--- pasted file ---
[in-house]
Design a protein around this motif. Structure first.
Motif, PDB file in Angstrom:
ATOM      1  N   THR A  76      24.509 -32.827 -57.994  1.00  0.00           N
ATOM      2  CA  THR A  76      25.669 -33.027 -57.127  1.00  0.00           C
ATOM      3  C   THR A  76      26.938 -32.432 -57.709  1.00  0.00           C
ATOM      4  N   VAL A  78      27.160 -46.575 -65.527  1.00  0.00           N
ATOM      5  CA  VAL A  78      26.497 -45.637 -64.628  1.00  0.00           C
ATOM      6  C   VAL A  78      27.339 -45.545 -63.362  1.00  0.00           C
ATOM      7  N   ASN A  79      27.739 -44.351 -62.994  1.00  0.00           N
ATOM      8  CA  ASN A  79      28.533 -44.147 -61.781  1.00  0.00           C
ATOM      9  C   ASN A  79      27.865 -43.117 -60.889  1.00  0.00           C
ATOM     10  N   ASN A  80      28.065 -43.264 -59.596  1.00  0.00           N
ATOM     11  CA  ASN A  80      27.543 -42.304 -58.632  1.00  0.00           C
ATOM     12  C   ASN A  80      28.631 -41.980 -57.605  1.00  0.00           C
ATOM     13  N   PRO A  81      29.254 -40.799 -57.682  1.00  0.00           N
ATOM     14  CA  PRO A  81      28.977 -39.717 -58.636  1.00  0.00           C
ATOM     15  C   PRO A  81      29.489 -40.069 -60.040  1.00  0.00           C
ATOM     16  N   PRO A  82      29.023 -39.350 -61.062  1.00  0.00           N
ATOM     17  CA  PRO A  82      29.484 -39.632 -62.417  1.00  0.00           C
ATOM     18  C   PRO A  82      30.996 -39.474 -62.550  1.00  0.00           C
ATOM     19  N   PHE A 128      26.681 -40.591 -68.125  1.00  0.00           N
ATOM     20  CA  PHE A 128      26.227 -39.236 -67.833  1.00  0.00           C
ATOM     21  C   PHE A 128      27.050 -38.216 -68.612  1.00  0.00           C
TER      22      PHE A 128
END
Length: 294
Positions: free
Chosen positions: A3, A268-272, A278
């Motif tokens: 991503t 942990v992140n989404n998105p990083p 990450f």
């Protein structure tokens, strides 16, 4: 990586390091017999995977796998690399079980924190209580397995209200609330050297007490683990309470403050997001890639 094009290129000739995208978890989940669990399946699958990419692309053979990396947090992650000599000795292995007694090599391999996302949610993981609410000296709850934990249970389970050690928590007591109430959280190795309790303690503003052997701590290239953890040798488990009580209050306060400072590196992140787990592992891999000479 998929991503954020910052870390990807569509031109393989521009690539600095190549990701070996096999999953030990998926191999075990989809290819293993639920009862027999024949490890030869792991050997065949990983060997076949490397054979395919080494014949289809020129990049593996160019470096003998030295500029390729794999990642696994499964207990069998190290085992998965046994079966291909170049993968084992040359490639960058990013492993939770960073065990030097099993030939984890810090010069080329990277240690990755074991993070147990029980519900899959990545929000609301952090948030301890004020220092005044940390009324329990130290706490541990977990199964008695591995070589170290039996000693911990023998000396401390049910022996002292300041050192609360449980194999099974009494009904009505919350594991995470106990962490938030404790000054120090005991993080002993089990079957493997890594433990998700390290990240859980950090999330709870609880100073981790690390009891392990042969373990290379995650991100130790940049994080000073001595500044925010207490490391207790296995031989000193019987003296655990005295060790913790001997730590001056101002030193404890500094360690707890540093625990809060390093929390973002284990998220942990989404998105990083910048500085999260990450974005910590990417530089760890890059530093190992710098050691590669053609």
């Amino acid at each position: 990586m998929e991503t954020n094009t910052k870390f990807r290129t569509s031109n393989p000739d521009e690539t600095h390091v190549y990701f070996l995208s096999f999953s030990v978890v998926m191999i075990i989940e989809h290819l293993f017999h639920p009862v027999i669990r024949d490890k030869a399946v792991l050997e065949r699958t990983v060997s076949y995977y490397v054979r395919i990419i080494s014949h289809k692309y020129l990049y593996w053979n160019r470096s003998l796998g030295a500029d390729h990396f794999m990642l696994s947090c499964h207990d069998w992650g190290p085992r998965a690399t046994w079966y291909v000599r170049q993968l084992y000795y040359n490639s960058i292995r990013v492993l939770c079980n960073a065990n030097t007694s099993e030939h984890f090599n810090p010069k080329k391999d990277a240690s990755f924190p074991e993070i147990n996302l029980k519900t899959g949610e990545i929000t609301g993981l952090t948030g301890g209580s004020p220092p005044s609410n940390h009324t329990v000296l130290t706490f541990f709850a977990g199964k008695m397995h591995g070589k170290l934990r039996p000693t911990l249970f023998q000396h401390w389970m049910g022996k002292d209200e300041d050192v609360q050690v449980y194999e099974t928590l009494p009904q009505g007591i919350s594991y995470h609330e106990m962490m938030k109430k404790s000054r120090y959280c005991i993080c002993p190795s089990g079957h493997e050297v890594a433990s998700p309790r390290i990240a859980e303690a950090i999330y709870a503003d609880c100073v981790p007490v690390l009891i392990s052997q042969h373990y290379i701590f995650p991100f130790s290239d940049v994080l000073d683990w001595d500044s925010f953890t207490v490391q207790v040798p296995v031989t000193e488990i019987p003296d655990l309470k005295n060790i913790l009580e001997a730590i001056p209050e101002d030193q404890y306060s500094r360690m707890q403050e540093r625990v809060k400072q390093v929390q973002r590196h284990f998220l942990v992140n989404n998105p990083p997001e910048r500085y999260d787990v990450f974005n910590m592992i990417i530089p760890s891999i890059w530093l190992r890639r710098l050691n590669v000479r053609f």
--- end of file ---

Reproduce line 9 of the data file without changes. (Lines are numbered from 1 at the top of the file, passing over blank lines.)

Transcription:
ATOM      6  C   VAL A  78      27.339 -45.545 -63.362  1.00  0.00           C